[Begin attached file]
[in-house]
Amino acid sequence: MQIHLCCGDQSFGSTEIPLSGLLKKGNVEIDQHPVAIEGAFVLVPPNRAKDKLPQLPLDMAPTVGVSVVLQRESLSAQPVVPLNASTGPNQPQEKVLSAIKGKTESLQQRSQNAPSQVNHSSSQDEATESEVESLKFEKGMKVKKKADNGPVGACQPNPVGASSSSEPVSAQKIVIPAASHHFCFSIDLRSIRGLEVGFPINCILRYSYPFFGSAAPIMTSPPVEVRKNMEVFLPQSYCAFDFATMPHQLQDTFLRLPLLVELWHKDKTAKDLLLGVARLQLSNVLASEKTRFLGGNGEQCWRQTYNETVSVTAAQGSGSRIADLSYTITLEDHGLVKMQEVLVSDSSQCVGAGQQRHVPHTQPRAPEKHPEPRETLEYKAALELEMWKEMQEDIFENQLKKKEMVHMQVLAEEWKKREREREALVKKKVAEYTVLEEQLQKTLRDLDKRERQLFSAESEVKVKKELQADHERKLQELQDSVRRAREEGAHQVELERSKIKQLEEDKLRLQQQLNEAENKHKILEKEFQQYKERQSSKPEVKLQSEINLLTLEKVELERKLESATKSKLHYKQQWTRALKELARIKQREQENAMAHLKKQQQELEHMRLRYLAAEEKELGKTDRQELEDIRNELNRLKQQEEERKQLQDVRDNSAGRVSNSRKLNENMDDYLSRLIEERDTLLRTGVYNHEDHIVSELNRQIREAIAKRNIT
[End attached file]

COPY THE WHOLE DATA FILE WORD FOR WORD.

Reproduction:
[in-house]
Amino acid sequence: MQIHLCCGDQSFGSTEIPLSGLLKKGNVEIDQHPVAIEGAFVLVPPNRAKDKLPQLPLDMAPTVGVSVVLQRESLSAQPVVPLNASTGPNQPQEKVLSAIKGKTESLQQRSQNAPSQVNHSSSQDEATESEVESLKFEKGMKVKKKADNGPVGACQPNPVGASSSSEPVSAQKIVIPAASHHFCFSIDLRSIRGLEVGFPINCILRYSYPFFGSAAPIMTSPPVEVRKNMEVFLPQSYCAFDFATMPHQLQDTFLRLPLLVELWHKDKTAKDLLLGVARLQLSNVLASEKTRFLGGNGEQCWRQTYNETVSVTAAQGSGSRIADLSYTITLEDHGLVKMQEVLVSDSSQCVGAGQQRHVPHTQPRAPEKHPEPRETLEYKAALELEMWKEMQEDIFENQLKKKEMVHMQVLAEEWKKREREREALVKKKVAEYTVLEEQLQKTLRDLDKRERQLFSAESEVKVKKELQADHERKLQELQDSVRRAREEGAHQVELERSKIKQLEEDKLRLQQQLNEAENKHKILEKEFQQYKERQSSKPEVKLQSEINLLTLEKVELERKLESATKSKLHYKQQWTRALKELARIKQREQENAMAHLKKQQQELEHMRLRYLAAEEKELGKTDRQELEDIRNELNRLKQQEEERKQLQDVRDNSAGRVSNSRKLNENMDDYLSRLIEERDTLLRTGVYNHEDHIVSELNRQIREAIAKRNIT